CADDIS Volume 1: Stressor Identification
Step 5: Identify Probable Causes
At this point you should have all of the evidence organized and be ready to reach your final determination. The final determination is reached by comparing the evidence across candidate causes. Comparison supports your conclusions by:
- Ensuring that each candidate is treated fairly and that any biases in data collection and analysis are acknowledged,
- Identifying the candidate cause with the relatively strongest support when evidence is sparse, and
- Identifying the data or information that would most improve confidence in your conclusions.
If several specific effects were analyzed, conduct your comparison separately for each effect. Then, evaluate whether one cause is responsible for all of the specific effects, or if several causes are operating.
There is no magic formula. All of the candidate causes must be compared to determine if there is more than one probable cause and to determine the level of confidence in the overall determination. Typical combinations of status and confidence are described in the first section below, followed by a suggestions for documenting conclusions.
One candidate cause is diagnosed or probable; other candidate causes are unlikely or refuted
Celebrate! Document your conclusions and rationale.
You have compelling evidence that different specific effects were caused by different causal agents; other candidate causes are unlikely or refuted
Celebrate! Document your conclusions and rationale. Revisit how each specific effect is related to the impairment that originally triggered the investigation. You may be able focus management action on the causal agent(s) that will provide the biggest gains in improving condition. Revisit the conceptual models to see if the different causal agents can be traced back to a common source.
You have sparse evidence across all candidate causes
If the evidence for all the candidate causes is too sparse to confidently identify a probable cause, you may still be able to identify the candidate cause that has the strongest support relative to the others. To do this, consider what you know about ecology in general and about this particular ecosystem, impairment, and the candidate causes. All the evidence is important, as noted previously. However, the likelihood that the magnitude, intensity and duration of exposure were sufficient to cause the effect weigh heavily here. If one candidate cause emerges as having the strongest support, it may make sense to identify it and indicate uncertainty about the others. Consider the consequences of not identifying the cause with the strongest support: if not identified, it may be that no action will be taken at all. A thoughtful adaptive management approach can provide additional evidence for causal analysis while also improving some conditions at the site.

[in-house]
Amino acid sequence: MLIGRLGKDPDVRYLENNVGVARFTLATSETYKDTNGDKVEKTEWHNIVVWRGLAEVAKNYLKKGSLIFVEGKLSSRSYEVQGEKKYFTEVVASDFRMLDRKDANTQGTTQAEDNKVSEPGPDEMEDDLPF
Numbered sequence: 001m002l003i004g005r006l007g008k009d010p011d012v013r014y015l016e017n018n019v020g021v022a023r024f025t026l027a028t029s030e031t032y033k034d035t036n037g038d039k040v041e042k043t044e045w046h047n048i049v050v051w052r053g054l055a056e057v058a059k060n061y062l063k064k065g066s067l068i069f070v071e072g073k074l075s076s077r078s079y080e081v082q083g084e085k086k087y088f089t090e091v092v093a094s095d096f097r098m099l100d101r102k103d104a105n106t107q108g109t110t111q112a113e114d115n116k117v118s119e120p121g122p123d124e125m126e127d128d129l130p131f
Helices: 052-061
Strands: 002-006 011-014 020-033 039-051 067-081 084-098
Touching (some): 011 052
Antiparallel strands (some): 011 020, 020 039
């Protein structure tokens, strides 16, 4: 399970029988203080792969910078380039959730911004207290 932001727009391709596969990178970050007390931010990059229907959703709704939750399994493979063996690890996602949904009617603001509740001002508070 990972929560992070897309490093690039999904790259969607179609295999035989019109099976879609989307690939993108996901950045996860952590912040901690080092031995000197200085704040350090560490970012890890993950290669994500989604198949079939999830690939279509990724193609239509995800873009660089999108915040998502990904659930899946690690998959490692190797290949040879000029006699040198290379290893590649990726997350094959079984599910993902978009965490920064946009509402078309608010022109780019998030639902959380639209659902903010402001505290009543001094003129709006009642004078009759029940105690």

You have uneven evidence across candidate causes
If you have a strong case for one candidate cause, but the other candidate causes are uncertain because there are fewer data and less evidence to evaluate, then there may be bias in data collection, either from the site or from the literature. You must remain objective and question assumptions, biases, and motives at every opportunity. If the lack of data is from the field, look for data sets collected by other groups or agencies. You might also want to recommend changes to your monitoring program. If the lack of data is from the literature, consult other case studies and invest the time now to develop a useful literature summary so that you can strengthen future case studies.
You have insufficient evidence across all candidate causes
If, after considering all of the evidence, none of candidate causes provide a satisfactory explanation for the effects, you have several options for iterating the process or collecting additional information.
Consider the specific biological effect again. Errors in the biological survey or assessment may have resulted in mischaracterization of the effect. For instance, bioassessment criteria for high-gradient streams may have been applied to a low-gradient stream. Defining the biological effect more specifically, or defining more than one effect, makes it easier to find relevant evidence.